The sun ejects charged particles from its upper atmosphere (corona) creating a solar wind. When the solar wind crashes into our planet’s upper atmosphere, it creates an aurora. In our part of the world (Northern Hemisphere) it’s called Northern Lights, a.k.a. Aurora Borealis. In the Southern hemisphere, it’s called the Southern lights, a.k.a. Aurora Australis.

 

At any given moment, the sun is ejecting charged particles from its upper atmosphere (corona), creating solar wind. When this wind slams into Earth’s outer atmosphere (ionosphere), the aurora is born. The incredible dancing light shows take place nearer the earth’s poles and are caused by the solar particles interacting with the earth’s atmosphere. Auroras can manifest in a range of colors from blue and purple to green and pink.


Mayflowers

by Wendy Oellers-Fulmer, 5/7/2024

 
 

Nature Corner: Mayflowers Are a Precious Sight in Springtime

by Wendy Oellers-Fulmer

 

On a woods walk this weekend, we were delighted to find a patch of Trailing Arbutus, a.k.a. Mayflowers. The blossoms are tiny, and often hidden in leaf litter. 

 

Folklore tells us that it got its name because this early blooming wildflower in May was a welcome sight to pilgrims after their first challenging winter.

Mayflowers, unfortunately, have become quite rare. The sweet smelling flower was often over harvested for its beautiful aroma and tiny, showy flowers. Their challenges for survival are due to loss of habitats, over harvesting, and specific growing requirements. Mayflowers require a specific variety of fungus to nourish its roots. Ants help to disperse the seeds, but it is almost impossible to transplant. 

 

If you are fortunate enough to spot this beautiful, fragrant flower, please do not pick. In some states it’s considered endangered, and in others protected. Once gone, it might never come back.


Nature Corner: Ducks Who Prefer Tree Cavities to Nests

by Wendy Oellers-Fulmer 4/30/2024

 
 

Nature Corner: Ducks Who Prefer Tree Cavities to Nests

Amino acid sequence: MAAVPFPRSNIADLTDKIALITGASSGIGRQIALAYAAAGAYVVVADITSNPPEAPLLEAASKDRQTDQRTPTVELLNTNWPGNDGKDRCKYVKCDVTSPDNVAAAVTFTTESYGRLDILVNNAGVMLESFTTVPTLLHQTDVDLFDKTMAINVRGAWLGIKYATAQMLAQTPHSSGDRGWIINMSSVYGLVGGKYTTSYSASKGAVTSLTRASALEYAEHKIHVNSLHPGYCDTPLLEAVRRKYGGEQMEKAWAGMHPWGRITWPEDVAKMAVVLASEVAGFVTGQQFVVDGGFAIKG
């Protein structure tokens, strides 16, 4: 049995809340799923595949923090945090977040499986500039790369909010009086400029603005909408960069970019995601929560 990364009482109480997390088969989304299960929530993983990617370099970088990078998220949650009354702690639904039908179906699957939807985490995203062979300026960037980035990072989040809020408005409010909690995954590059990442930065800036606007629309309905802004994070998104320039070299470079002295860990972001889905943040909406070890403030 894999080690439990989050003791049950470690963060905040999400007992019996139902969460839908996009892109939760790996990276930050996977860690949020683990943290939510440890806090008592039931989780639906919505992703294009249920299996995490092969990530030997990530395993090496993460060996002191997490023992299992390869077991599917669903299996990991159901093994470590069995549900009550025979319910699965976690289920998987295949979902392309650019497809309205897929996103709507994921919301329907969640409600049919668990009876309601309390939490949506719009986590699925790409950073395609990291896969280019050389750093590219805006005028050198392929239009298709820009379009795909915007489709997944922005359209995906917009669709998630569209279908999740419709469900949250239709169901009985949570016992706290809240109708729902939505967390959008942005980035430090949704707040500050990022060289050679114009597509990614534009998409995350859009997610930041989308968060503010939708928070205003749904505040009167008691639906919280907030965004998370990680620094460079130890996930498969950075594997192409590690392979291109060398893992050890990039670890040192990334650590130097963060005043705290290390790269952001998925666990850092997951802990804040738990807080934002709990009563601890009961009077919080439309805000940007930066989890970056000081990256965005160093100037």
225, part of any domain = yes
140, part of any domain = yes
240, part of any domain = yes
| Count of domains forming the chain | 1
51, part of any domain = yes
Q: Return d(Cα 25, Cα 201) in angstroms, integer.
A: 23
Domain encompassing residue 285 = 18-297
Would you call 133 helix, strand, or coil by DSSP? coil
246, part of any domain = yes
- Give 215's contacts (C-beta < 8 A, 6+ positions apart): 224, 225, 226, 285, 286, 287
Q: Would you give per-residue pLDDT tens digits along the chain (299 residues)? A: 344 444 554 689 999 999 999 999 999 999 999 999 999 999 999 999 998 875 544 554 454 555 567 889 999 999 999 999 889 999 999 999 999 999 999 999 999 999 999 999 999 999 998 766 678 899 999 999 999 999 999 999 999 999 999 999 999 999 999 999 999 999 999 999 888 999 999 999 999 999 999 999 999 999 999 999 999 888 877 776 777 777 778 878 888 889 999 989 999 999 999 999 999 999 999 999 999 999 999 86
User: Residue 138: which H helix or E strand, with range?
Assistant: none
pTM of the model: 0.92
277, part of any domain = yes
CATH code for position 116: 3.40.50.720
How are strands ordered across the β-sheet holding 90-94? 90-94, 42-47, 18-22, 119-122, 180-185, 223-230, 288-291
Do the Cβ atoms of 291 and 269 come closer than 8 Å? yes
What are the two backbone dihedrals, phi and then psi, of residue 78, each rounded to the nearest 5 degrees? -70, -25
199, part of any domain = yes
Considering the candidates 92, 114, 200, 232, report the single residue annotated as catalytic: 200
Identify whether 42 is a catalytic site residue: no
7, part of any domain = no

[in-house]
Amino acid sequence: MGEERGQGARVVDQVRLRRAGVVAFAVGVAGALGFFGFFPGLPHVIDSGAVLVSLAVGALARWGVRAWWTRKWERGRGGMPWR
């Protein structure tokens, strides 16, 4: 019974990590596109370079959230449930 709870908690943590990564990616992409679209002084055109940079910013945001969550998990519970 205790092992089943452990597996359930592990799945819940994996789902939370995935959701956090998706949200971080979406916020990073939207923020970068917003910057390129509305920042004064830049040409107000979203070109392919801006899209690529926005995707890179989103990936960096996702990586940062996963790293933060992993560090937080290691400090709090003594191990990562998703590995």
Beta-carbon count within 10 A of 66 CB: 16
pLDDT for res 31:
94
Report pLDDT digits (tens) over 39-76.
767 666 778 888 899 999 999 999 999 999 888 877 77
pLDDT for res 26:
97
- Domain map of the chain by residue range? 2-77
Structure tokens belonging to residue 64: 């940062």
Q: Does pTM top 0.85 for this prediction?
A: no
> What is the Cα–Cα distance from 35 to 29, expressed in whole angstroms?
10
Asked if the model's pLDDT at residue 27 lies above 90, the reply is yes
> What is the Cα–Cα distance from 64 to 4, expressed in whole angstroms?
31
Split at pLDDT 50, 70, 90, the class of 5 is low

by Wendy Oellers-Fulmer

 

When observing a Hooded Merganser and his mate recently, we were surprised to learn that they join a small number of cavity nesters including Wood Ducks (perching ducks), Common Mergansers and Common Golden Eyes (Dabbling ducks). It seems strange to consider these heavy bottomed, webbed footed birds to have nests in tree cavities. They can’t build their own cavities, so will take over cavities that other birds have built.

 

Fun facts:

  1. The tree nester ducks also have long toes with claws that help them perch in trees.
  2. Although they prefer nests closer to the water, sometimes these nests can be up to a mile away and up to 50 feet high.
  3. Cavity nesting ducks will sometimes lay their eggs in the nests of others….which can lead to a massive amount of eggs in one nest. i.e. Hooded Mergansers usually lay about 13 eggs, but scientists have discovered up to 44 eggs. This behavior is called brood parasitism.
  4. The ducklings leave their nest cavity within 24 hours of hatching. They have specially designed tiny claws that allow them to climb up out of the cavity. Mama duck will make sure the ground is safe and then call to her babies, who sometimes have to jump 50 or more feet to the ground. These little fluff balls are so light that the fall to the ground doesn’t hurt them. They then follow the mama duck to the nearest body of water which can be up to a half-mile away.